"The world is sinking into chaos, but the existence of barriers to reaction means that collapse does not occur in a flash. Barriers slow the collapse, allowing the world to discover different ways of fulfilling its destiny."
The Kool-Aid label says "Do not store in metal container" since dyes in the drink will react with metal. Putting steel wool in Kool-Aid gets the reaction going, and this experiment allows varying the temperature, surface area, and concentration of the reaction to see how the reaction rate changes.Details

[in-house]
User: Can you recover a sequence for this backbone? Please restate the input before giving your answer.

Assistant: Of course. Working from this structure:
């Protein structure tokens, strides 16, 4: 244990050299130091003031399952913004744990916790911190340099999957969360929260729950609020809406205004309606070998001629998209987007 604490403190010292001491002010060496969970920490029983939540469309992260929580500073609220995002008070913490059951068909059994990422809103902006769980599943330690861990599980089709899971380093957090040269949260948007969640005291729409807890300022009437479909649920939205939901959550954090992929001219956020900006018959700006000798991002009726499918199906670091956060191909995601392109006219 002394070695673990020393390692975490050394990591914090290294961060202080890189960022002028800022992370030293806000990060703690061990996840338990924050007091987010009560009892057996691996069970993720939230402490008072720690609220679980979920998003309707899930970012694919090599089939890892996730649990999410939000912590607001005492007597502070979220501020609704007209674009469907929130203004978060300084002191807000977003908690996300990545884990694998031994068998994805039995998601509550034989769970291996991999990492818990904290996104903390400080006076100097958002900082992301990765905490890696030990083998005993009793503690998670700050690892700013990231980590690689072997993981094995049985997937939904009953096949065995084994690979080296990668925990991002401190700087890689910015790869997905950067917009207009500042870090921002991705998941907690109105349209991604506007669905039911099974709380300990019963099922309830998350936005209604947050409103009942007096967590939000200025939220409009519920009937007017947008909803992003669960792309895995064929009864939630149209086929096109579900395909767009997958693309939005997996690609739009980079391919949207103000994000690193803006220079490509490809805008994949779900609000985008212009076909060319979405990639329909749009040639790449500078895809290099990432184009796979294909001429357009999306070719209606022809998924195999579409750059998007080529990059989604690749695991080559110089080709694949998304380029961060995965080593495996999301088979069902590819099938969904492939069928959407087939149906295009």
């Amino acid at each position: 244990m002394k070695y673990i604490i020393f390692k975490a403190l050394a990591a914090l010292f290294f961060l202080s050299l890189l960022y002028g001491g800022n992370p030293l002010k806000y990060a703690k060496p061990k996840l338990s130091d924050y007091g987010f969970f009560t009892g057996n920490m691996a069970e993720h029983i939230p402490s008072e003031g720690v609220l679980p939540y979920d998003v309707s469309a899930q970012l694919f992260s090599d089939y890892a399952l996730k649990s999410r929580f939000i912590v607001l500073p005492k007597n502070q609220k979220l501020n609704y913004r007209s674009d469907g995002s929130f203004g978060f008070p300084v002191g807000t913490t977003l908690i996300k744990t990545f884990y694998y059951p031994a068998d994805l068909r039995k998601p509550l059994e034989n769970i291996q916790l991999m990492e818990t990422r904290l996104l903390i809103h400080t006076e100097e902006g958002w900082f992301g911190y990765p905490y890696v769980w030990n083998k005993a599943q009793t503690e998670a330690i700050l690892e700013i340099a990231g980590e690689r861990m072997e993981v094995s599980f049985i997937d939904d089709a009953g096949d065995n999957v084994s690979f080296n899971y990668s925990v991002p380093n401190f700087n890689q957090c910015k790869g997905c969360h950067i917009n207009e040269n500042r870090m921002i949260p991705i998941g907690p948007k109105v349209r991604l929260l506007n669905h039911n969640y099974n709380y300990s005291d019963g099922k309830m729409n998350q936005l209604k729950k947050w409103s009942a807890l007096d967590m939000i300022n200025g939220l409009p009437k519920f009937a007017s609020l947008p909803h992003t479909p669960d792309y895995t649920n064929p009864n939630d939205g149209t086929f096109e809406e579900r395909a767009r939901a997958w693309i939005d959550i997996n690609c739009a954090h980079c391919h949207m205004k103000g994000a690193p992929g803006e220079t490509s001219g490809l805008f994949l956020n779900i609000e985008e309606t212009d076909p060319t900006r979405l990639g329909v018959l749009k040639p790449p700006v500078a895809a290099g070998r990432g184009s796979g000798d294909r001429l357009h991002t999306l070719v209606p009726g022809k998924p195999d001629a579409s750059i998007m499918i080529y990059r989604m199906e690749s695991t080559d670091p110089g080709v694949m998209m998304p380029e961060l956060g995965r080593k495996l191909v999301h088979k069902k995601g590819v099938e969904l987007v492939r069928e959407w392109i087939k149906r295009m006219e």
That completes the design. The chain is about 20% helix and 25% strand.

This activity starts with a kinesthetic model: "Move like a molecule at high temperature (you should run). Move like a molecule at low temperature (you should move slowly)." It is followed with a paper model of molecules colliding at different speeds, then an experiment using a glow stick in hot and cold water to see how the light output (and hence the reaction rate) changes. The first two parts are useful models, even without cracking a glow stick.Details
This is one of the nine central ideas that Peter Atkins lays out in his 2005 article, "Skeletal chemistry." Each of the other ideas has its own list in SMILE.